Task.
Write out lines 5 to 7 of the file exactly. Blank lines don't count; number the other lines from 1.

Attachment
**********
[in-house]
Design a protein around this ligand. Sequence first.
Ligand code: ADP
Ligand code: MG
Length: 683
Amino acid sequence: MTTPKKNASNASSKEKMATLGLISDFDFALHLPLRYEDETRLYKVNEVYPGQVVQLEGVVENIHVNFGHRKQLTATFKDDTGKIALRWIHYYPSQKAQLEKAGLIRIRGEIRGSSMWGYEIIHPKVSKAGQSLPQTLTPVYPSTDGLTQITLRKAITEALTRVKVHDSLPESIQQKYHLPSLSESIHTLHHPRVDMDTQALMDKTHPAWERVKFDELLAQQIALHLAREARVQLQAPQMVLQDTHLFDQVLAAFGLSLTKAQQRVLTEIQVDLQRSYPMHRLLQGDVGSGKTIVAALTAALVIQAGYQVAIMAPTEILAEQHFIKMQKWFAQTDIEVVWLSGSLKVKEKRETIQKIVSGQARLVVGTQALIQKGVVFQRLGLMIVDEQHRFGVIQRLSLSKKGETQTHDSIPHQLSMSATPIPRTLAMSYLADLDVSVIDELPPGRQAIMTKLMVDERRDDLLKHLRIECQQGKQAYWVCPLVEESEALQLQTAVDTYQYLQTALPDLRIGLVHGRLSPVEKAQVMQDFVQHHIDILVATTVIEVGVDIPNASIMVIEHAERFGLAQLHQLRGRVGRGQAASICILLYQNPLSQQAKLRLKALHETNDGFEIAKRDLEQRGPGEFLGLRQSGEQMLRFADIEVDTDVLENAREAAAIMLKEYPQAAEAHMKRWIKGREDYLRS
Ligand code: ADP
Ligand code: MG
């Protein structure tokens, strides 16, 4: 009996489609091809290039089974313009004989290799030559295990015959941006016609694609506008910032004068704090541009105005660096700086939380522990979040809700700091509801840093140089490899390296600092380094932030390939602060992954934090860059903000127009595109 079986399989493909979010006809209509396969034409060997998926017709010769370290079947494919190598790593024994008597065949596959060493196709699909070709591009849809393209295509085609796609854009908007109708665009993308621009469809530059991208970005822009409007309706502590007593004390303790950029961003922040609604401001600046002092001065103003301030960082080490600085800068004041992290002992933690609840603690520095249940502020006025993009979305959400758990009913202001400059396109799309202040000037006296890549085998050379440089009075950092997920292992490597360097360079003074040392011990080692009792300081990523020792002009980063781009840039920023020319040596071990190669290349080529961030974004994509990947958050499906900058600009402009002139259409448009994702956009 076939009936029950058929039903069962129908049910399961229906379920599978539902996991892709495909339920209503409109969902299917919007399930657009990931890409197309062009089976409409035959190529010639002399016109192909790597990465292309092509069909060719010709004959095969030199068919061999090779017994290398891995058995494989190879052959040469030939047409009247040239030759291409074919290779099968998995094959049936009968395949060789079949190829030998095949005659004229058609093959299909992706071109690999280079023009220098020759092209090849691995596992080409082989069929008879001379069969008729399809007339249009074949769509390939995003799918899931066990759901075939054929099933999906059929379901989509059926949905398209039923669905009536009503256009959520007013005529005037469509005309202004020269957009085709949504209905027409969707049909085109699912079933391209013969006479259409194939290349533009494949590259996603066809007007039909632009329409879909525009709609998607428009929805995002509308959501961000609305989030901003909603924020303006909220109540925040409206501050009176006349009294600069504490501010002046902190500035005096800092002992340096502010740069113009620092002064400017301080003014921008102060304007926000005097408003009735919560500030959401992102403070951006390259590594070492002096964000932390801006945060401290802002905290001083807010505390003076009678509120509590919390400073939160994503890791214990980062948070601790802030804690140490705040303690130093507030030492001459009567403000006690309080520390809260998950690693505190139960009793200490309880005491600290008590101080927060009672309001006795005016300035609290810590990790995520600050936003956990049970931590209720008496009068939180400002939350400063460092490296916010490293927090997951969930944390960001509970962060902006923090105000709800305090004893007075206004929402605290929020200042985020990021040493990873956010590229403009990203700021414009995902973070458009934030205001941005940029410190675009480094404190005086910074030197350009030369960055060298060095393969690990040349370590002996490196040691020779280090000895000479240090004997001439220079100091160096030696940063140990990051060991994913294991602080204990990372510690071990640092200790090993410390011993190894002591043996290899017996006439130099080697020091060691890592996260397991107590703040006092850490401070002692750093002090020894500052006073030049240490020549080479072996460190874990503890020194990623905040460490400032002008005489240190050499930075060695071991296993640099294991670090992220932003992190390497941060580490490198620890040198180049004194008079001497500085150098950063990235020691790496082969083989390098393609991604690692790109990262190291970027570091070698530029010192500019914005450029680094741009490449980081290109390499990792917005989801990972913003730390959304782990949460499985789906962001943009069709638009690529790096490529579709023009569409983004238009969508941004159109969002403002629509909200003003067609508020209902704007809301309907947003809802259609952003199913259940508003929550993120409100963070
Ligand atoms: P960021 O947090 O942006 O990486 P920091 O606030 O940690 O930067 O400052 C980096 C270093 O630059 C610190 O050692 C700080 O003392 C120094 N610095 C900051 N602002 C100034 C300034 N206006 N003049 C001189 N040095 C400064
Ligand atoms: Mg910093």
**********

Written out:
Length: 683
Amino acid sequence: MTTPKKNASNASSKEKMATLGLISDFDFALHLPLRYEDETRLYKVNEVYPGQVVQLEGVVENIHVNFGHRKQLTATFKDDTGKIALRWIHYYPSQKAQLEKAGLIRIRGEIRGSSMWGYEIIHPKVSKAGQSLPQTLTPVYPSTDGLTQITLRKAITEALTRVKVHDSLPESIQQKYHLPSLSESIHTLHHPRVDMDTQALMDKTHPAWERVKFDELLAQQIALHLAREARVQLQAPQMVLQDTHLFDQVLAAFGLSLTKAQQRVLTEIQVDLQRSYPMHRLLQGDVGSGKTIVAALTAALVIQAGYQVAIMAPTEILAEQHFIKMQKWFAQTDIEVVWLSGSLKVKEKRETIQKIVSGQARLVVGTQALIQKGVVFQRLGLMIVDEQHRFGVIQRLSLSKKGETQTHDSIPHQLSMSATPIPRTLAMSYLADLDVSVIDELPPGRQAIMTKLMVDERRDDLLKHLRIECQQGKQAYWVCPLVEESEALQLQTAVDTYQYLQTALPDLRIGLVHGRLSPVEKAQVMQDFVQHHIDILVATTVIEVGVDIPNASIMVIEHAERFGLAQLHQLRGRVGRGQAASICILLYQNPLSQQAKLRLKALHETNDGFEIAKRDLEQRGPGEFLGLRQSGEQMLRFADIEVDTDVLENAREAAAIMLKEYPQAAEAHMKRWIKGREDYLRS
Ligand code: ADP